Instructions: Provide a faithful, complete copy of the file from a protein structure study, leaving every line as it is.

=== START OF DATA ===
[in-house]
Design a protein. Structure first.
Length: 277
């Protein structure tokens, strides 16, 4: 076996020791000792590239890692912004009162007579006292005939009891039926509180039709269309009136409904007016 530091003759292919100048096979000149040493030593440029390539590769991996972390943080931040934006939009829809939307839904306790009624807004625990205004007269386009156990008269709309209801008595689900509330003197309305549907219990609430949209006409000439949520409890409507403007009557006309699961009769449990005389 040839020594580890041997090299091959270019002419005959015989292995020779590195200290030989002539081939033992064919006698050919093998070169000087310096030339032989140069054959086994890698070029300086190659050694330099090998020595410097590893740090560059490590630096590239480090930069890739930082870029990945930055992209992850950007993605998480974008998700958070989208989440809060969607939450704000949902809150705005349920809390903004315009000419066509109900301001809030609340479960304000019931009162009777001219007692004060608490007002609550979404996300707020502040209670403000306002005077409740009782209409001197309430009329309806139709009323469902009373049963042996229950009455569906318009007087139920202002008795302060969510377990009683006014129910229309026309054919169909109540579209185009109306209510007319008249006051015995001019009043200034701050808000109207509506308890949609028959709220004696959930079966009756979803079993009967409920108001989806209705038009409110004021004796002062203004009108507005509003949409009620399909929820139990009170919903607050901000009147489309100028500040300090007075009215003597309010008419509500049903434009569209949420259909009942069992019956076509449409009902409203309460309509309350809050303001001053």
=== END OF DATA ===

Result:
[in-house]
Design a protein. Structure first.
Length: 277
């Protein structure tokens, strides 16, 4: 076996020791000792590239890692912004009162007579006292005939009891039926509180039709269309009136409904007016 530091003759292919100048096979000149040493030593440029390539590769991996972390943080931040934006939009829809939307839904306790009624807004625990205004007269386009156990008269709309209801008595689900509330003197309305549907219990609430949209006409000439949520409890409507403007009557006309699961009769449990005389 040839020594580890041997090299091959270019002419005959015989292995020779590195200290030989002539081939033992064919006698050919093998070169000087310096030339032989140069054959086994890698070029300086190659050694330099090998020595410097590893740090560059490590630096590239480090930069890739930082870029990945930055992209992850950007993605998480974008998700958070989208989440809060969607939450704000949902809150705005349920809390903004315009000419066509109900301001809030609340479960304000019931009162009777001219007692004060608490007002609550979404996300707020502040209670403000306002005077409740009782209409001197309430009329309806139709009323469902009373049963042996229950009455569906318009007087139920202002008795302060969510377990009683006014129910229309026309054919169909109540579209185009109306209510007319008249006051015995001019009043200034701050808000109207509506308890949609028959709220004696959930079966009756979803079993009967409920108001989806209705038009409110004021004796002062203004009108507005509003949409009620399909929820139990009170919903607050901000009147489309100028500040300090007075009215003597309010008419509500049903434009569209949420259909009942069992019956076509449409009902409203309460309509309350809050303001001053």